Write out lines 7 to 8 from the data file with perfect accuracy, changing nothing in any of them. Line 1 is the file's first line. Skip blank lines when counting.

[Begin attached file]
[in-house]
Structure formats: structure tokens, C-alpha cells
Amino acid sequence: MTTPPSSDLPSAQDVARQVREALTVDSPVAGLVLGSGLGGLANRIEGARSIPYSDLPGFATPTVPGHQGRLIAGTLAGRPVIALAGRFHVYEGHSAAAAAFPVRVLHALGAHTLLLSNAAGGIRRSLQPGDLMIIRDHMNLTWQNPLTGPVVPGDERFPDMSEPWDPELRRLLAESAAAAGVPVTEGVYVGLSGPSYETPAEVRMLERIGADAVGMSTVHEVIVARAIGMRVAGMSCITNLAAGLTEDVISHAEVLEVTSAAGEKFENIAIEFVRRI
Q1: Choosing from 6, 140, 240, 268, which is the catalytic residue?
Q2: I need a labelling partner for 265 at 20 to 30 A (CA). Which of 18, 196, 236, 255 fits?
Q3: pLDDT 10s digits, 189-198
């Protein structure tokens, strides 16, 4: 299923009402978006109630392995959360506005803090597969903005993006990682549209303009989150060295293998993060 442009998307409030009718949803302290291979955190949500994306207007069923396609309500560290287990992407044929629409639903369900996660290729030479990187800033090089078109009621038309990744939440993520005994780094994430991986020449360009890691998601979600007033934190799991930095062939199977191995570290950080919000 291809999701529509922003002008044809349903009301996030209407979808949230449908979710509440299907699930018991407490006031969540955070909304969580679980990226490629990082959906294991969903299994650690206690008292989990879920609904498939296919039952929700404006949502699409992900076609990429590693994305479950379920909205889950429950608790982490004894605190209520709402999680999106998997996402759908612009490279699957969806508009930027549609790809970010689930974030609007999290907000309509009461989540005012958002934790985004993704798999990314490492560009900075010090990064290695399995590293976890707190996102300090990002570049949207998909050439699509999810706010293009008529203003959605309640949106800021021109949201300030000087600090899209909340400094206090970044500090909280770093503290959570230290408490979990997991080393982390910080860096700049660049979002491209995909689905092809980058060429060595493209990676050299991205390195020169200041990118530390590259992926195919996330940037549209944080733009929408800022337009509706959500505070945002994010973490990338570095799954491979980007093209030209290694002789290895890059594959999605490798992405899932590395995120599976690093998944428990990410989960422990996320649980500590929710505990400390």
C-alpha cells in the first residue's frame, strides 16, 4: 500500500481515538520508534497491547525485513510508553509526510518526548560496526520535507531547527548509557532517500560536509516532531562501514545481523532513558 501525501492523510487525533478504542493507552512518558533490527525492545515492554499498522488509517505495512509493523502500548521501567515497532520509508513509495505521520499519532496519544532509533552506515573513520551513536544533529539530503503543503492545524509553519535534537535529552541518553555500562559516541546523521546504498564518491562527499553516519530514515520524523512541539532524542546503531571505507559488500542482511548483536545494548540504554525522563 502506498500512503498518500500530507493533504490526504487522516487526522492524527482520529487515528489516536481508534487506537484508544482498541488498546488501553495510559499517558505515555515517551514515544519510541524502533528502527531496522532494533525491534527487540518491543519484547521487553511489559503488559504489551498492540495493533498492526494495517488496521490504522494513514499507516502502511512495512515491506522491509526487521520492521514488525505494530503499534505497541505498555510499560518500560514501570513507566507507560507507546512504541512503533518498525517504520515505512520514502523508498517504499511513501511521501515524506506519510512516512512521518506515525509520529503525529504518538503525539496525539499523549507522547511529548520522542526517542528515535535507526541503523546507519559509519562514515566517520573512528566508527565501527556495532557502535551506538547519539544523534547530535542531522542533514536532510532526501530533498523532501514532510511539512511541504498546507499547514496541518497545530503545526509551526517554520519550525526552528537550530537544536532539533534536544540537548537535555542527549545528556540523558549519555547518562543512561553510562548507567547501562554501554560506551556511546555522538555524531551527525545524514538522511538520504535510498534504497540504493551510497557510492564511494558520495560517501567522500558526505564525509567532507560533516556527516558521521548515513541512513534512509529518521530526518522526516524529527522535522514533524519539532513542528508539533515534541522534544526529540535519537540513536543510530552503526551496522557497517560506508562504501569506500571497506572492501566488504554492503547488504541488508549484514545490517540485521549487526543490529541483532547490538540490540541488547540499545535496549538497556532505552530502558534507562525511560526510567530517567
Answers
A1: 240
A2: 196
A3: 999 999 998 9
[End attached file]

């Protein structure tokens, strides 16, 4: 299923009402978006109630392995959360506005803090597969903005993006990682549209303009989150060295293998993060 442009998307409030009718949803302290291979955190949500994306207007069923396609309500560290287990992407044929629409639903369900996660290729030479990187800033090089078109009621038309990744939440993520005994780094994430991986020449360009890691998601979600007033934190799991930095062939199977191995570290950080919000 291809999701529509922003002008044809349903009301996030209407979808949230449908979710509440299907699930018991407490006031969540955070909304969580679980990226490629990082959906294991969903299994650690206690008292989990879920609904498939296919039952929700404006949502699409992900076609990429590693994305479950379920909205889950429950608790982490004894605190209520709402999680999106998997996402759908612009490279699957969806508009930027549609790809970010689930974030609007999290907000309509009461989540005012958002934790985004993704798999990314490492560009900075010090990064290695399995590293976890707190996102300090990002570049949207998909050439699509999810706010293009008529203003959605309640949106800021021109949201300030000087600090899209909340400094206090970044500090909280770093503290959570230290408490979990997991080393982390910080860096700049660049979002491209995909689905092809980058060429060595493209990676050299991205390195020169200041990118530390590259992926195919996330940037549209944080733009929408800022337009509706959500505070945002994010973490990338570095799954491979980007093209030209290694002789290895890059594959999605490798992405899932590395995120599976690093998944428990990410989960422990996320649980500590929710505990400390």
C-alpha cells in the first residue's frame, strides 16, 4: 500500500481515538520508534497491547525485513510508553509526510518526548560496526520535507531547527548509557532517500560536509516532531562501514545481523532513558 501525501492523510487525533478504542493507552512518558533490527525492545515492554499498522488509517505495512509493523502500548521501567515497532520509508513509495505521520499519532496519544532509533552506515573513520551513536544533529539530503503543503492545524509553519535534537535529552541518553555500562559516541546523521546504498564518491562527499553516519530514515520524523512541539532524542546503531571505507559488500542482511548483536545494548540504554525522563 502506498500512503498518500500530507493533504490526504487522516487526522492524527482520529487515528489516536481508534487506537484508544482498541488498546488501553495510559499517558505515555515517551514515544519510541524502533528502527531496522532494533525491534527487540518491543519484547521487553511489559503488559504489551498492540495493533498492526494495517488496521490504522494513514499507516502502511512495512515491506522491509526487521520492521514488525505494530503499534505497541505498555510499560518500560514501570513507566507507560507507546512504541512503533518498525517504520515505512520514502523508498517504499511513501511521501515524506506519510512516512512521518506515525509520529503525529504518538503525539496525539499523549507522547511529548520522542526517542528515535535507526541503523546507519559509519562514515566517520573512528566508527565501527556495532557502535551506538547519539544523534547530535542531522542533514536532510532526501530533498523532501514532510511539512511541504498546507499547514496541518497545530503545526509551526517554520519550525526552528537550530537544536532539533534536544540537548537535555542527549545528556540523558549519555547518562543512561553510562548507567547501562554501554560506551556511546555522538555524531551527525545524514538522511538520504535510498534504497540504493551510497557510492564511494558520495560517501567522500558526505564525509567532507560533516556527516558521521548515513541512513534512509529518521530526518522526516524529527522535522514533524519539532513542528508539533515534541522534544526529540535519537540513536543510530552503526551496522557497517560506508562504501569506500571497506572492501566488504554492503547488504541488508549484514545490517540485521549487526543490529541483532547490538540490540541488547540499545535496549538497556532505552530502558534507562525511560526510567530517567